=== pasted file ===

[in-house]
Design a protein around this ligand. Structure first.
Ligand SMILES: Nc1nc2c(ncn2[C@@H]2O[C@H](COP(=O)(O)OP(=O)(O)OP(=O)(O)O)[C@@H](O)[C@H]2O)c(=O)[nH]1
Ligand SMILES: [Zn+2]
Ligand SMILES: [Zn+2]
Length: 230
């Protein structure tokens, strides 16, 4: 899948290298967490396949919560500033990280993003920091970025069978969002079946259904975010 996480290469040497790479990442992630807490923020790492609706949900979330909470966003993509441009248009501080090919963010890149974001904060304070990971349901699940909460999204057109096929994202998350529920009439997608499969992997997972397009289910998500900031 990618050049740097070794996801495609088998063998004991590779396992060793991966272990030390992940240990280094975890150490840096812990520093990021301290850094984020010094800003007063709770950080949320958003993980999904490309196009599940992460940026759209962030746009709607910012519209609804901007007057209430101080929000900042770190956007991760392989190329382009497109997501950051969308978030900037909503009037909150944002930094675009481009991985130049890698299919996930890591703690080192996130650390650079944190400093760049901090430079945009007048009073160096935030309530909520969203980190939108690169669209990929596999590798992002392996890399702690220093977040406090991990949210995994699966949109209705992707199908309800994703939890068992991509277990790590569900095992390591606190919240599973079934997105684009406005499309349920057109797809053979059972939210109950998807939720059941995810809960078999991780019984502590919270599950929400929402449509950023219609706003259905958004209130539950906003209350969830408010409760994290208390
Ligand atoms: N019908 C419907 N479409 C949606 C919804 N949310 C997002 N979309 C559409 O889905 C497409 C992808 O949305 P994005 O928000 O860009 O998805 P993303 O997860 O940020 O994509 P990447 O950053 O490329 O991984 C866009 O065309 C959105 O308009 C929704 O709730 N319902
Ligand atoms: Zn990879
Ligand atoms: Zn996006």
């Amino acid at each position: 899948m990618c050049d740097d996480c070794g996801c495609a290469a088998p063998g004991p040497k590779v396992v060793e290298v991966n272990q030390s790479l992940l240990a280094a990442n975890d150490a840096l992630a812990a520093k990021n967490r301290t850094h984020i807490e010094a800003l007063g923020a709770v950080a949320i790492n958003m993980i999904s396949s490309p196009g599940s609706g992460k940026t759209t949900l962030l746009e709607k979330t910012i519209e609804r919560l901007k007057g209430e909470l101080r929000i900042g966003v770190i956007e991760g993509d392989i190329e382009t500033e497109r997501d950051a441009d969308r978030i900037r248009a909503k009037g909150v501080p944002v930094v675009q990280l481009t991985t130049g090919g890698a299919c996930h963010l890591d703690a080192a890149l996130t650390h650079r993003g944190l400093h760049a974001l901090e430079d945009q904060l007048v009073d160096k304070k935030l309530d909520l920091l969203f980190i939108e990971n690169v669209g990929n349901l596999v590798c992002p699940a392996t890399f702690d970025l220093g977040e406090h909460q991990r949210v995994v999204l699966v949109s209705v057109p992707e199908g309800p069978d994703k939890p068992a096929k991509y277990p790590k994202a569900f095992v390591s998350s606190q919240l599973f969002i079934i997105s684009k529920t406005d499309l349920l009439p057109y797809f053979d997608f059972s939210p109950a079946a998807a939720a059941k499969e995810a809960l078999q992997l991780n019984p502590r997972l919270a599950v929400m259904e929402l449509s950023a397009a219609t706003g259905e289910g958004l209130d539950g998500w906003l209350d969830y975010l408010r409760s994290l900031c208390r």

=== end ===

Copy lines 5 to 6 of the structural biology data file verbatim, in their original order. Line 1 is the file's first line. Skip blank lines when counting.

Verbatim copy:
Ligand SMILES: [Zn+2]
Length: 230